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[This story contains spoilers for Solo: A Star Wars Story]
“We can get our own ship.… We won’t have to take orders or be kicked around by anyone.”
The quote above defines both Han (Alden Ehrenreich) and Qi’ra’s (Emilia Clarke) dream at the start of Solo: A Star Wars Story. But the film has trouble living up to that goal; while Han ultimately flies off in the Millennium Falcon to fulfill his journey, Qi’ra’s story concludes with her still taking orders — thanks to a last-minute Darth Maul cameo that, while praised, deprives the Star Wars franchise of its first notable female crime boss in the form of an independent Qi’ra.
Throughout the film, Qi’ra attempts to protect Han from the truth about the life she’s led in the three years since his escape and her arrest on their home planet of Corellia. While he’s continued to dream of buying a ship and returning to rescue her, she’s been sold to Crimson Dawn, the most ruthless crime syndicate during the Empire’s reign. She works for Dryden Vos (Paul Bettany), and has committed unspeakable crimes on his behalf. She genuinely cares for Han, and knows that no matter what, the best way to protect him is to keep him at arm’s length and out of her life.
Ultimately, Qi’ra kills Dryden during a final-act showdown on his yacht, and sends Han off to save Chewie (Joonas Suotamo), who has been taken hostage by Beckett (Woody Harrelson). When Han and Qi’ra embrace for what could be the final time, it becomes increasingly clear to everyone but Han that Qi’ra will not catch up with him after supposedly ransacking Dryden’s yacht for currency to buy their own ship. She encourages Han to save Chewie from Beckett since she knows Chewie is the only one who could potentially cushion the blow of what she was about to do to Han’s heart.
As soon as the sliding doors shut on Han and Qi’ra, a thrilling possibility emerges as Star Wars was about to do something it had never done in any of its films: crown a main character as a female crime boss. What makes this probability even more tantalizing was that Qi’ra would likely function as a double agent since she helped protect both Han and Chewie as well as Enfys Nest’s (Erin Kellyman) emerging rebellion by blaming Tobias Beckett (Woody Harrelson) for the death of Dryden and the missing coaxium obtained from Kessel. It’s also possible that Qi’ra, as Dryden’s top lieutenant, leaked the train heist intel to Enfys since Beckett reminded Dryden that they were supposed to be the only ones who knew about the shipment of coaxium. Enfys has eyes and ears everywhere, but Qi’ra’s eagerness to take down Dryden and help the allies felt like a decision she had made long ago. If she was already a double agent as of the train heist, then her first reaction to seeing Beckett alive post-heist could be interpreted as more than just astonishment that he was working with Han.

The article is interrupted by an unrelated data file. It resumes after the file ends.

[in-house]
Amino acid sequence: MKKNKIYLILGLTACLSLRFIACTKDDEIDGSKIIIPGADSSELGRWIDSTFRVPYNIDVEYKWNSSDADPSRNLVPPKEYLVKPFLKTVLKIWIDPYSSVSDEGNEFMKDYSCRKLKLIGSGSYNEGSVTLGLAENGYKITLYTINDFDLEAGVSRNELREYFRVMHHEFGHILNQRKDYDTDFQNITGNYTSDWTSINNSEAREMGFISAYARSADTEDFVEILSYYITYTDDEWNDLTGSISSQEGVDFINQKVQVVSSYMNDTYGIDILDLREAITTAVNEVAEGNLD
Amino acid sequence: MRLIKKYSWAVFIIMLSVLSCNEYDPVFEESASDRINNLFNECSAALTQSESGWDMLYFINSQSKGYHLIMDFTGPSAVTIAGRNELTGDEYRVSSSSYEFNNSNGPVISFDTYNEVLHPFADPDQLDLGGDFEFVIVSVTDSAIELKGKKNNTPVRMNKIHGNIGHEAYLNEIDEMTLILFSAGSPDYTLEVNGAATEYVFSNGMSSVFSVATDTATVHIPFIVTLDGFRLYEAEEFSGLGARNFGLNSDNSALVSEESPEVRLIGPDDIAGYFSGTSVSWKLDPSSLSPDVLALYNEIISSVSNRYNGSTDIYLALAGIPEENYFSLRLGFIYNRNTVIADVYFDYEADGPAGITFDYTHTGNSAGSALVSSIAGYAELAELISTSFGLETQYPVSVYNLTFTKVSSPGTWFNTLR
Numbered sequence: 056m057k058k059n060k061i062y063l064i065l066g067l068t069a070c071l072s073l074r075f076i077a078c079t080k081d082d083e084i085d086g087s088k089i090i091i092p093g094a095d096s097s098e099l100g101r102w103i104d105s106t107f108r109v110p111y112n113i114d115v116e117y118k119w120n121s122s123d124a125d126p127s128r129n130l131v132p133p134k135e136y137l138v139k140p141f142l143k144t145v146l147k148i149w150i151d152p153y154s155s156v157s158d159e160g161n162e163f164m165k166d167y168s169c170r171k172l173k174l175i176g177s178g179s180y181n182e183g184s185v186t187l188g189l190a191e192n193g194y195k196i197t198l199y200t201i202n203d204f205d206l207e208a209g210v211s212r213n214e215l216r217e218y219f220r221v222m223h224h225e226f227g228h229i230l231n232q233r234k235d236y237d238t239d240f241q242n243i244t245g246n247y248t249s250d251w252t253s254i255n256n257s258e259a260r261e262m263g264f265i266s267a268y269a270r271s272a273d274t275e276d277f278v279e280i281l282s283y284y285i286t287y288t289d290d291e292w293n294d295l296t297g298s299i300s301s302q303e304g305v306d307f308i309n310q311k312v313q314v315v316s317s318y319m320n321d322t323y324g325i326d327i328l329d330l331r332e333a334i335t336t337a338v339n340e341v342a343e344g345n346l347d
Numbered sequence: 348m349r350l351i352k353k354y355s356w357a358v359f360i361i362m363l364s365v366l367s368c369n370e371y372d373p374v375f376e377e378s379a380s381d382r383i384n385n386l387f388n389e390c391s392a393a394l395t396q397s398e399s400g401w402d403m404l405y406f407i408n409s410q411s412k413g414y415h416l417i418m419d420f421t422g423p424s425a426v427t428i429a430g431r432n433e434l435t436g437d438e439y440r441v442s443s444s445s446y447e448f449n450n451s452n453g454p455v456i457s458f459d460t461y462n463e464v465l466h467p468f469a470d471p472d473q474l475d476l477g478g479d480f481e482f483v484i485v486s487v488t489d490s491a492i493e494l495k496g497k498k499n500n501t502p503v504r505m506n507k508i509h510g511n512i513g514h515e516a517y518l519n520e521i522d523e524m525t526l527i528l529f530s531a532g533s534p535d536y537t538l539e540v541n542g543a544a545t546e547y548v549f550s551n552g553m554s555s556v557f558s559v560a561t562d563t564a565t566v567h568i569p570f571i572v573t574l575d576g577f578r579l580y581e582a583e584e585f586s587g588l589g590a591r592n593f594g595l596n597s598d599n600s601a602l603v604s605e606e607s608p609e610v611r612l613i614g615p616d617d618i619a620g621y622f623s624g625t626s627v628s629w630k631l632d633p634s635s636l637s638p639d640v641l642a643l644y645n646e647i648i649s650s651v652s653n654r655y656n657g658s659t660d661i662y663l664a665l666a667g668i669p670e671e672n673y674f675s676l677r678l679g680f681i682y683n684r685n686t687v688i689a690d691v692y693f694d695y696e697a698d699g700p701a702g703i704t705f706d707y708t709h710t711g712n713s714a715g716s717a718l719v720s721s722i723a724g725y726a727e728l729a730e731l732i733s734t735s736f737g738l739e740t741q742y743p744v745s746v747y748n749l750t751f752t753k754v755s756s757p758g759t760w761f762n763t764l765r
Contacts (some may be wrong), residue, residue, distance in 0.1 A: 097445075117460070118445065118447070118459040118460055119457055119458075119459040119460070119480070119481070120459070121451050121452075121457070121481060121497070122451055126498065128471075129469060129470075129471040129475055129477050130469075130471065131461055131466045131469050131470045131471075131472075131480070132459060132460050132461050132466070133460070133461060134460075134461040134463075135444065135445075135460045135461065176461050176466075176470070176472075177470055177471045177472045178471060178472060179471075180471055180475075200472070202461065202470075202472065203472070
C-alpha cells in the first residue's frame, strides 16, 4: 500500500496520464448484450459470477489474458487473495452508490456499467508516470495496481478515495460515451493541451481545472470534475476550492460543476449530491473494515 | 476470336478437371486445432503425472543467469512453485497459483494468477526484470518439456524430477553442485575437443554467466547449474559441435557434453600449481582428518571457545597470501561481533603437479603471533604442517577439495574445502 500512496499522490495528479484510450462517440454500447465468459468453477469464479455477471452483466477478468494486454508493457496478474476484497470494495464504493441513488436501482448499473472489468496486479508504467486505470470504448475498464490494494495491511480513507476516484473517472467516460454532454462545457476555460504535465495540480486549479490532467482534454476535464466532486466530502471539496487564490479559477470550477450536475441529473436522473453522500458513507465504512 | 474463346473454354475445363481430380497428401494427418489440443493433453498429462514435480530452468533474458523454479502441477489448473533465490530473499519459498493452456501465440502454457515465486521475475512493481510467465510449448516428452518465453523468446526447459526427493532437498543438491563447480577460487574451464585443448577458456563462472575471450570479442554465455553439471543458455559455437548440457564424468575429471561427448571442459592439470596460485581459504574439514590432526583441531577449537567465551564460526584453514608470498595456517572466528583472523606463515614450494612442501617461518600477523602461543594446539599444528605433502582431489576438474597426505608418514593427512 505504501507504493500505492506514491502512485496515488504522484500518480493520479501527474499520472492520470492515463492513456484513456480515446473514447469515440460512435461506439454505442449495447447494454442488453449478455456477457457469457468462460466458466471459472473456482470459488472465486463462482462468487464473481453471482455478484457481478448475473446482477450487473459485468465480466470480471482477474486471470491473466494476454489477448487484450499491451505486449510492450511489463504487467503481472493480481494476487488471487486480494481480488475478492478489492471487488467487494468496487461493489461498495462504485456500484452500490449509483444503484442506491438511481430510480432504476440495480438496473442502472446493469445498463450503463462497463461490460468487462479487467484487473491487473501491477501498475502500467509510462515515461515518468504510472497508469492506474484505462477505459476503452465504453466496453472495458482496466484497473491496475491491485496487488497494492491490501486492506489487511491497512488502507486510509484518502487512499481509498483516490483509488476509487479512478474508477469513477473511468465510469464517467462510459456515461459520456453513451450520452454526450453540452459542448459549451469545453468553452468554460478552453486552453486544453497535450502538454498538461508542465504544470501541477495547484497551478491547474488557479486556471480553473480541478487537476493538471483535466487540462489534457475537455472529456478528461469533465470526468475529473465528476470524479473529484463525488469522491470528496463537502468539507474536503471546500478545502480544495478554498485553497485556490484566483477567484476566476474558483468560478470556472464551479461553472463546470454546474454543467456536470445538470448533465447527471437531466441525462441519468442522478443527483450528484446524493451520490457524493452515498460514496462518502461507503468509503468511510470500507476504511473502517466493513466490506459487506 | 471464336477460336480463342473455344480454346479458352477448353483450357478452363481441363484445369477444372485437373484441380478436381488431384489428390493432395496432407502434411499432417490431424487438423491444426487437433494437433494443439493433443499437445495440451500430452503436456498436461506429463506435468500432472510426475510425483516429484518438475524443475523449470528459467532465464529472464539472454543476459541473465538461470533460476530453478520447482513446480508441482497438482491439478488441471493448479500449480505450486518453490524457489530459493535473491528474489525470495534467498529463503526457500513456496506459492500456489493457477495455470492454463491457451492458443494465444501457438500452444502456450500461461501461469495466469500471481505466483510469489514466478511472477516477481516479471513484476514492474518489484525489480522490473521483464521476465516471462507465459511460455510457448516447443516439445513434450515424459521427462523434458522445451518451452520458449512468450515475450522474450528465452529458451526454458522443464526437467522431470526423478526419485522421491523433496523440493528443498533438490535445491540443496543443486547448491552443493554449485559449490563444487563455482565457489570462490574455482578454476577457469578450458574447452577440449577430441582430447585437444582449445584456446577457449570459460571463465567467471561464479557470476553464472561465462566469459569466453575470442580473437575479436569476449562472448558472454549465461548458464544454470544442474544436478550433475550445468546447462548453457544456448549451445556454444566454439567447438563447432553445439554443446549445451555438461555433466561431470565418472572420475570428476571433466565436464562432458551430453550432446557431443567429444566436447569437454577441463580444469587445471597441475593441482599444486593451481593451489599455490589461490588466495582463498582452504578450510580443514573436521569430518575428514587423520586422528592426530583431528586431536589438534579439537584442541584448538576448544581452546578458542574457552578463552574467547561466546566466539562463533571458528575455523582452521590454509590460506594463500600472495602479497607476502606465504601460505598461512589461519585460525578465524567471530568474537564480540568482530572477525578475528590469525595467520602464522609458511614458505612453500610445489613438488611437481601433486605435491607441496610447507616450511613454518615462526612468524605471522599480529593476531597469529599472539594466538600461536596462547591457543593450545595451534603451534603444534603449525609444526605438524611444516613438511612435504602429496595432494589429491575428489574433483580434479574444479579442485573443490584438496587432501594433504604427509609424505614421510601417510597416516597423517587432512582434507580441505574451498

While Qi’ra doesn’t get the freedom, the life or the ship she wanted to co-pilot alongside Han, she still puts herself in a position to captain the Crimson Dawn yacht to where she’d “no longer have to take orders or be kicked around by anyone.” Of course, she still had someone to answer to, but surely, she’d be granted the same autonomy that Dryden seemingly had. Right…?
Unfortunately, no. The film decides to take away Qi’ra’s agency and diminish her sacrifice including the magnitude of her choice to protect Han from a form of danger he wouldn’t be able to fathom, something Han’s attitude about The Force (as revealed in A New Hope) proves. Once Qi’ra contacted Crimson Dawn’s overlord to inform him of Dryden’s death via Beckett’s betrayal, the film’s decision to reveal Maul took away the power of Qi’ra’s choice and sacrifice with every passing second and word Maul spoke. There was a way to have the best of both worlds, one where Qi’ra’s agency isn’t reduced and the power of Maul’s reveal is still felt. Had the film cut to Maul receiving a recorded message after Qi’ra flew away from Han on the beach, his reveal could’ve been just as impactful since he could still Force-grab his double-bladed lightsaber out of anger and skepticism. Qi’ra would still have to face Maul in a future story, just not at the expense of her agency in Solo as well as a budding character arc that is unlike anything we’ve seen in Star Wars films to date.